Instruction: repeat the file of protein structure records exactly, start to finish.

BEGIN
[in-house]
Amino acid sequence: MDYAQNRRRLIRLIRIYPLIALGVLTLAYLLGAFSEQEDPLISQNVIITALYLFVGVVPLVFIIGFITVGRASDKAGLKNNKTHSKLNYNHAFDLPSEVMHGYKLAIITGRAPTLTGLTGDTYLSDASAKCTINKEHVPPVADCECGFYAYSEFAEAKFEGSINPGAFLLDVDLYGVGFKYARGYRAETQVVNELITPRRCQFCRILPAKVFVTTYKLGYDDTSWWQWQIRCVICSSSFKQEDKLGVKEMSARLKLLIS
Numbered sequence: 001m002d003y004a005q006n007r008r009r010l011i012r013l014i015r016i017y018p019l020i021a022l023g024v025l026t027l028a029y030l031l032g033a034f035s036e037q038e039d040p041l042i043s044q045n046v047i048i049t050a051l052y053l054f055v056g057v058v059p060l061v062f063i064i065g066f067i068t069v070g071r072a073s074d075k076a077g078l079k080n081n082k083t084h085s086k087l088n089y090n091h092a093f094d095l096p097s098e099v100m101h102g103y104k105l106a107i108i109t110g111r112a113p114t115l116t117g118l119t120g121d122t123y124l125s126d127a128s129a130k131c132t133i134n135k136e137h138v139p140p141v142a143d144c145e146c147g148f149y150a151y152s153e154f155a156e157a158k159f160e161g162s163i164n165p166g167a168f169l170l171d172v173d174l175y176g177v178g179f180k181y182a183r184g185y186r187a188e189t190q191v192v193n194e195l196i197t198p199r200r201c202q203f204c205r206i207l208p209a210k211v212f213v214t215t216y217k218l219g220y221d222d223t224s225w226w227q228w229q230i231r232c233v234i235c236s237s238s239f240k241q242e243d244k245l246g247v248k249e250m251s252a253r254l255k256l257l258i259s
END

[in-house]
Amino acid sequence: MDYAQNRRRLIRLIRIYPLIALGVLTLAYLLGAFSEQEDPLISQNVIITALYLFVGVVPLVFIIGFITVGRASDKAGLKNNKTHSKLNYNHAFDLPSEVMHGYKLAIITGRAPTLTGLTGDTYLSDASAKCTINKEHVPPVADCECGFYAYSEFAEAKFEGSINPGAFLLDVDLYGVGFKYARGYRAETQVVNELITPRRCQFCRILPAKVFVTTYKLGYDDTSWWQWQIRCVICSSSFKQEDKLGVKEMSARLKLLIS
Numbered sequence: 001m002d003y004a005q006n007r008r009r010l011i012r013l014i015r016i017y018p019l020i021a022l023g024v025l026t027l028a029y030l031l032g033a034f035s036e037q038e039d040p041l042i043s044q045n046v047i048i049t050a051l052y053l054f055v056g057v058v059p060l061v062f063i064i065g066f067i068t069v070g071r072a073s074d075k076a077g078l079k080n081n082k083t084h085s086k087l088n089y090n091h092a093f094d095l096p097s098e099v100m101h102g103y104k105l106a107i108i109t110g111r112a113p114t115l116t117g118l119t120g121d122t123y124l125s126d127a128s129a130k131c132t133i134n135k136e137h138v139p140p141v142a143d144c145e146c147g148f149y150a151y152s153e154f155a156e157a158k159f160e161g162s163i164n165p166g167a168f169l170l171d172v173d174l175y176g177v178g179f180k181y182a183r184g185y186r187a188e189t190q191v192v193n194e195l196i197t198p199r200r201c202q203f204c205r206i207l208p209a210k211v212f213v214t215t216y217k218l219g220y221d222d223t224s225w226w227q228w229q230i231r232c233v234i235c236s237s238s239f240k241q242e243d244k245l246g247v248k249e250m251s252a253r254l255k256l257l258i259s